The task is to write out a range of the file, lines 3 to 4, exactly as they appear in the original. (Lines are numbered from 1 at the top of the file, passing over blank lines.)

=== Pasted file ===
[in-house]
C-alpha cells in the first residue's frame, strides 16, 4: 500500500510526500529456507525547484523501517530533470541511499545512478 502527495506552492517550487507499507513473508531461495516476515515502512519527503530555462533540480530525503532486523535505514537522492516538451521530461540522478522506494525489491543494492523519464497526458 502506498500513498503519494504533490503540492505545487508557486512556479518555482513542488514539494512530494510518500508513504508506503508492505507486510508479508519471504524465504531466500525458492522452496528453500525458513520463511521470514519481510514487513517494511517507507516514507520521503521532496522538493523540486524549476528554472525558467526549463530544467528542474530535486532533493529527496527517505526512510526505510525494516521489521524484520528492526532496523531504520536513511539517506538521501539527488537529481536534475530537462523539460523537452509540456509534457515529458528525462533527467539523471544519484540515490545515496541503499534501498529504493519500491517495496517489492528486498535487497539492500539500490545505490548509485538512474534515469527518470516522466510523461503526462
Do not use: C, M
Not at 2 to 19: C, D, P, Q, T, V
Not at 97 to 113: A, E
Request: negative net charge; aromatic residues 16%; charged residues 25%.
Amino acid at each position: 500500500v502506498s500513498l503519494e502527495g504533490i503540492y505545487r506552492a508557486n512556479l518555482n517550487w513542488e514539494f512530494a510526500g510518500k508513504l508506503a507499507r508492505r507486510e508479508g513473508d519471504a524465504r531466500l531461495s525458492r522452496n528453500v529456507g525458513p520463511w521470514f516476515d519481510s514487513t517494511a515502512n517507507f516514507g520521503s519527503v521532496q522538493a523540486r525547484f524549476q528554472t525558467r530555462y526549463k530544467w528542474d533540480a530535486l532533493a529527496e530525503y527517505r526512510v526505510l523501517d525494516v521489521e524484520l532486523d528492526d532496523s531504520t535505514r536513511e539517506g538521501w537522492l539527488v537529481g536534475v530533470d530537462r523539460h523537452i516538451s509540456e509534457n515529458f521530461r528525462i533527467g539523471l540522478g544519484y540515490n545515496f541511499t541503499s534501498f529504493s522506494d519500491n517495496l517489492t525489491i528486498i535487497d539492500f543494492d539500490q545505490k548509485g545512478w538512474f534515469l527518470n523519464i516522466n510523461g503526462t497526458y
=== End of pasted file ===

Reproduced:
Do not use: C, M
Not at 2 to 19: C, D, P, Q, T, V